I tried to write “normal” plays for a while. I really did. I just couldn’t do it. When I first started writing stories (not plays), I didn’t even think about realism. My favorite writers were always surreal, fantastic, speculative, so that’s what I tried to imitate. I liked weird, so I wrote weird.
The turning point in my life as a writer came when I wrote a one-man show called Mona about my great-grandparents who immigrated from Mexico to America in 1910. It wasn’t limited to realism, but it wasn’t trying to be weird either. The story just happened the way it needed to happen to be truthful to the people who really lived it, which meant that I needed—I really needed—to use elements of the surreal in order to externalize the internal. If I just documented the facts of their journey, it would’ve been incomplete. There was a whole world going on inside of my heroes, and I needed something more than realism to show that.
And at the time, I didn’t even think about it. I didn’t have some high-minded, dramaturgical strategy to incorporate genre or utilize literary elements. I didn’t know any that stuff yet. I didn’t know what I didn’t know. I just knew the truth when I saw it, so I tried to tell the truth. And it worked.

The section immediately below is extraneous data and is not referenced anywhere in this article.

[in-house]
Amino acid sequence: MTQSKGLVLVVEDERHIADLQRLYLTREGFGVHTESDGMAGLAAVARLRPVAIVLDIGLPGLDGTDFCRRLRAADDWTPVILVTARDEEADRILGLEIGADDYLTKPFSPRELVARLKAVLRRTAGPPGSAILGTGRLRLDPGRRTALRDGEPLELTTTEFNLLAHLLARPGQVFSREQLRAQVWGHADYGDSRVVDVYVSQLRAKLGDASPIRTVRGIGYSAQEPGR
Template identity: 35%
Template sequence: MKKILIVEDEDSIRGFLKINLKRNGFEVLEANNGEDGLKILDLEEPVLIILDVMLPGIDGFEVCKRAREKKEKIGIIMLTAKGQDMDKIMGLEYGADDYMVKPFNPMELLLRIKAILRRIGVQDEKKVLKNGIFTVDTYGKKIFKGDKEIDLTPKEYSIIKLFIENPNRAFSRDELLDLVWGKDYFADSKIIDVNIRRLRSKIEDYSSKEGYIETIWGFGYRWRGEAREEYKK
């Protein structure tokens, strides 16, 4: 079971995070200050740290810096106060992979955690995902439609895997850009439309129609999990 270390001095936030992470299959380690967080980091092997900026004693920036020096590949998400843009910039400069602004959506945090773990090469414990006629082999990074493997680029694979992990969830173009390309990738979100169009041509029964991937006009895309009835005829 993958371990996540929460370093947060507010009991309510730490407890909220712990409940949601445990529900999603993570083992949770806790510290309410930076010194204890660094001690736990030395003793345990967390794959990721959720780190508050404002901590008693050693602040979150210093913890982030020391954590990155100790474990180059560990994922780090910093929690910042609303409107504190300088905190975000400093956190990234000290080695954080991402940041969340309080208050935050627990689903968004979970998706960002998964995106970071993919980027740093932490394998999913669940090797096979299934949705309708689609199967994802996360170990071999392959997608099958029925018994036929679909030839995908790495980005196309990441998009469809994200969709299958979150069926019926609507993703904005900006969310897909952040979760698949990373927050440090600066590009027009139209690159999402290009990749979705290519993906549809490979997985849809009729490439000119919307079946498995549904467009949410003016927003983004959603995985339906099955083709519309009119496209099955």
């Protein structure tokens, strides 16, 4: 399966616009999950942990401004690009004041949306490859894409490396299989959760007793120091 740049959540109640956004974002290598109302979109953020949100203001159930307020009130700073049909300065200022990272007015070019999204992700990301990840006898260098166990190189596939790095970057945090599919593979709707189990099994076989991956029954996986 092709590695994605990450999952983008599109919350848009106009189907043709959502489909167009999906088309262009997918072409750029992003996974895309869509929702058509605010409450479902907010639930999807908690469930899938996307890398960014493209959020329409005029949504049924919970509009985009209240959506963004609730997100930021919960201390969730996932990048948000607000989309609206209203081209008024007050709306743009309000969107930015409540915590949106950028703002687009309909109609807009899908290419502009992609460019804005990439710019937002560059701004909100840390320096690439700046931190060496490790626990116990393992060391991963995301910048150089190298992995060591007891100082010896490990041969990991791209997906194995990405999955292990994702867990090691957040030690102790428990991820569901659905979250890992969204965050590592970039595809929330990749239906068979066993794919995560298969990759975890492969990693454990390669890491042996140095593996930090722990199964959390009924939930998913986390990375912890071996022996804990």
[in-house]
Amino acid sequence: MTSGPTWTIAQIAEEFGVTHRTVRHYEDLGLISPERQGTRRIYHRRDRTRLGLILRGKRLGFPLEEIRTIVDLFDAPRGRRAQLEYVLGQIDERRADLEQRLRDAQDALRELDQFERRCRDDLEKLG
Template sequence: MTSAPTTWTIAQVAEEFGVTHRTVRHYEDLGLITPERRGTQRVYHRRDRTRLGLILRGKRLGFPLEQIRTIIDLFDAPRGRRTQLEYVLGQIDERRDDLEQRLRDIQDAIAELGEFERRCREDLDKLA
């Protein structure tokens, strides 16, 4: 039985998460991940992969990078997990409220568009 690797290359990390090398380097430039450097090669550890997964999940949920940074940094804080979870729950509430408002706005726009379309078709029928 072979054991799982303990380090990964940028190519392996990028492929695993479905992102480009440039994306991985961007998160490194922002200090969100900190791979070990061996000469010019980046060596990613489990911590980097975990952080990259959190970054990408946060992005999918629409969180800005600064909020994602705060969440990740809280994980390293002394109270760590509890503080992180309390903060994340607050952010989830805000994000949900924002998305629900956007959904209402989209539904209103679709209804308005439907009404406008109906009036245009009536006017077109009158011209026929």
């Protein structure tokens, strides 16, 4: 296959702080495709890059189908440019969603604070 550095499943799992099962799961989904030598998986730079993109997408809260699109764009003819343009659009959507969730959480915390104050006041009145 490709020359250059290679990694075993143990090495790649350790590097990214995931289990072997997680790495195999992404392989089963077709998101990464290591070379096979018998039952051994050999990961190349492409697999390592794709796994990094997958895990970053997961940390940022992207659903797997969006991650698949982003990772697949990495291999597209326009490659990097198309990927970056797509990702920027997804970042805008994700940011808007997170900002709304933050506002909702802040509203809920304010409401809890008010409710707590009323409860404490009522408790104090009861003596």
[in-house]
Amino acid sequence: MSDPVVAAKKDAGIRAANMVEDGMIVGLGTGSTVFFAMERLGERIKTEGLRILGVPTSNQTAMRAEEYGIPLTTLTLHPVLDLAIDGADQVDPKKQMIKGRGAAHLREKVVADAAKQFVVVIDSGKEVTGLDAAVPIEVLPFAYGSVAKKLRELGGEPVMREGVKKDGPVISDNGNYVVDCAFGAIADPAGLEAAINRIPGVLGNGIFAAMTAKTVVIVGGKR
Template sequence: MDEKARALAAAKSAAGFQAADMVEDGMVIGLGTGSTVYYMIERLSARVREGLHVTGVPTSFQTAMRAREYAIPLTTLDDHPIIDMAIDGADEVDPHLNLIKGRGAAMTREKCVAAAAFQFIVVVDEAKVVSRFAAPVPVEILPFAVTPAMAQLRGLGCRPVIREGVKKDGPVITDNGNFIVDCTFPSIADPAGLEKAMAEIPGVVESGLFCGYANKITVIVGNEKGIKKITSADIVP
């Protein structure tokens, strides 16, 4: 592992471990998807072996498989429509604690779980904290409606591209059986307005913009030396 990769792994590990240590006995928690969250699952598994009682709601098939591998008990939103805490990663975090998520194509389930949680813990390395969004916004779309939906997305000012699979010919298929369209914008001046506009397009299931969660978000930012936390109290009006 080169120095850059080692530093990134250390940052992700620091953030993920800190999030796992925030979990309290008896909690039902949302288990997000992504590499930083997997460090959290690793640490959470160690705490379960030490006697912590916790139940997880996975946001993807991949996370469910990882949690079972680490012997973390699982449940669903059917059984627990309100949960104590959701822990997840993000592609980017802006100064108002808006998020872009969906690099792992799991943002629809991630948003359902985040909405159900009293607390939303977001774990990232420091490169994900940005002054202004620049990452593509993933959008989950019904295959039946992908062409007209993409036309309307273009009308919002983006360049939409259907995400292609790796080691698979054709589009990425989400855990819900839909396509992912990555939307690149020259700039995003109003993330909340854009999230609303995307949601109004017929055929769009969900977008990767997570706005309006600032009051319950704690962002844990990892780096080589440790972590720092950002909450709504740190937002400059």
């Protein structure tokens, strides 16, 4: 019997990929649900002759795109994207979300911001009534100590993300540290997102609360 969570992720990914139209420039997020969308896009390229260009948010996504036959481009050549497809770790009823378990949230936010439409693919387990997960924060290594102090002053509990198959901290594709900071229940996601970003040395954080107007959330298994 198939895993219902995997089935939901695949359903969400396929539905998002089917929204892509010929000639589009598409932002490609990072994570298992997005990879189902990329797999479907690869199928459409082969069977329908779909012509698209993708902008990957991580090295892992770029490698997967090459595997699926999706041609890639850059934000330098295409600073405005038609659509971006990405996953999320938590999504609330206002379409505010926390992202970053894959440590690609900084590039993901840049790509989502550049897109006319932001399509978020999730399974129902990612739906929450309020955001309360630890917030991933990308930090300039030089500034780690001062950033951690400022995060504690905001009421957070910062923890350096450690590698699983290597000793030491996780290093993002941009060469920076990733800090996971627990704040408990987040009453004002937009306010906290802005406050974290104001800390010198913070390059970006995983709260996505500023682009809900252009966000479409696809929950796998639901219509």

After several years of doing my thing down in Alphabet City, I decided that I didn’t want to be a struggling artist anymore, so I thought I’d write something that would sell, something for the masses, something realistic, something normal. Should be easy, right?
It was a disaster. Play after play, screenplay after screenplay, they were all mediocre at best. The simple conclusion was that I didn’t know how to tell the truth if I was restricted to realism. (I have nothing against realism. I love good writing in any genre. I just don’t know how to do it. I sincerely admire those who can. They amaze me.)
So I went back to what I know. And eventually, I wrote a play that I’m really proud of called Three on a Match. And I sent it out all over the country and it got rejected by everyone. The most common reason (when given) was that it was just not the right genre. They wanted “normal.”
But then, IATI said “yes.” IATI is not interested in normal. IATI is interested in the truth. I finally found my audience. I wish I hadn’t wasted a few years of my life trying to be something I’m not, in an effort to satisfy someone else’s audience. But maybe I had to go through that to get where I am.
So, here’s what I think: You might not find your audience right away, but keep looking, because they’re out there somewhere. And the good news is, they’re also looking for you.